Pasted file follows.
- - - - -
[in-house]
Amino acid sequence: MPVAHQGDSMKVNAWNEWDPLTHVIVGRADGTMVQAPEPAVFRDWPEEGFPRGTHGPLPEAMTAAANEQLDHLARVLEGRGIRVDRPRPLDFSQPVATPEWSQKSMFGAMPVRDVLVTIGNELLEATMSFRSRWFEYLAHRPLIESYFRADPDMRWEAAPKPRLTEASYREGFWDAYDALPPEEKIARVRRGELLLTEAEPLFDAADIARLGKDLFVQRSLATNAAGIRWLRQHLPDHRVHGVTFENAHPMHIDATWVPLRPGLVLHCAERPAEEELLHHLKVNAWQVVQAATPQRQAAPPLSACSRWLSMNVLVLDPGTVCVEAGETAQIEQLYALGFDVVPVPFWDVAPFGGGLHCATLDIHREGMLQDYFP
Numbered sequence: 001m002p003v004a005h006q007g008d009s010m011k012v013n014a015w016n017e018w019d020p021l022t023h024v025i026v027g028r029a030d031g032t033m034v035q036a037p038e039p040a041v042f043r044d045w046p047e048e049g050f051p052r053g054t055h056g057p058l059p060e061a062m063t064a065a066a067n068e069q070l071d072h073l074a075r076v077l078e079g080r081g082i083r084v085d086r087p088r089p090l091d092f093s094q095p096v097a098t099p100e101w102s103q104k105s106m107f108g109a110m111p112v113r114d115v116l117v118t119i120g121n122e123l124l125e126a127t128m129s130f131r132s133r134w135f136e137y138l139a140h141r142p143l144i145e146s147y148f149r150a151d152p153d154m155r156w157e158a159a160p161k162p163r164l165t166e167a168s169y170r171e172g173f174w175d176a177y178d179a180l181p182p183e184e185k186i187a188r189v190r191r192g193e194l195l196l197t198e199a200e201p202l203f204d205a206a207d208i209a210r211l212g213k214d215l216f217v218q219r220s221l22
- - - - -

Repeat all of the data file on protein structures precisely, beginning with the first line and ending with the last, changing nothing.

[in-house]
Amino acid sequence: MPVAHQGDSMKVNAWNEWDPLTHVIVGRADGTMVQAPEPAVFRDWPEEGFPRGTHGPLPEAMTAAANEQLDHLARVLEGRGIRVDRPRPLDFSQPVATPEWSQKSMFGAMPVRDVLVTIGNELLEATMSFRSRWFEYLAHRPLIESYFRADPDMRWEAAPKPRLTEASYREGFWDAYDALPPEEKIARVRRGELLLTEAEPLFDAADIARLGKDLFVQRSLATNAAGIRWLRQHLPDHRVHGVTFENAHPMHIDATWVPLRPGLVLHCAERPAEEELLHHLKVNAWQVVQAATPQRQAAPPLSACSRWLSMNVLVLDPGTVCVEAGETAQIEQLYALGFDVVPVPFWDVAPFGGGLHCATLDIHREGMLQDYFP
Numbered sequence: 001m002p003v004a005h006q007g008d009s010m011k012v013n014a015w016n017e018w019d020p021l022t023h024v025i026v027g028r029a030d031g032t033m034v035q036a037p038e039p040a041v042f043r044d045w046p047e048e049g050f051p052r053g054t055h056g057p058l059p060e061a062m063t064a065a066a067n068e069q070l071d072h073l074a075r076v077l078e079g080r081g082i083r084v085d086r087p088r089p090l091d092f093s094q095p096v097a098t099p100e101w102s103q104k105s106m107f108g109a110m111p112v113r114d115v116l117v118t119i120g121n122e123l124l125e126a127t128m129s130f131r132s133r134w135f136e137y138l139a140h141r142p143l144i145e146s147y148f149r150a151d152p153d154m155r156w157e158a159a160p161k162p163r164l165t166e167a168s169y170r171e172g173f174w175d176a177y178d179a180l181p182p183e184e185k186i187a188r189v190r191r192g193e194l195l196l197t198e199a200e201p202l203f204d205a206a207d208i209a210r211l212g213k214d215l216f217v218q219r220s221l22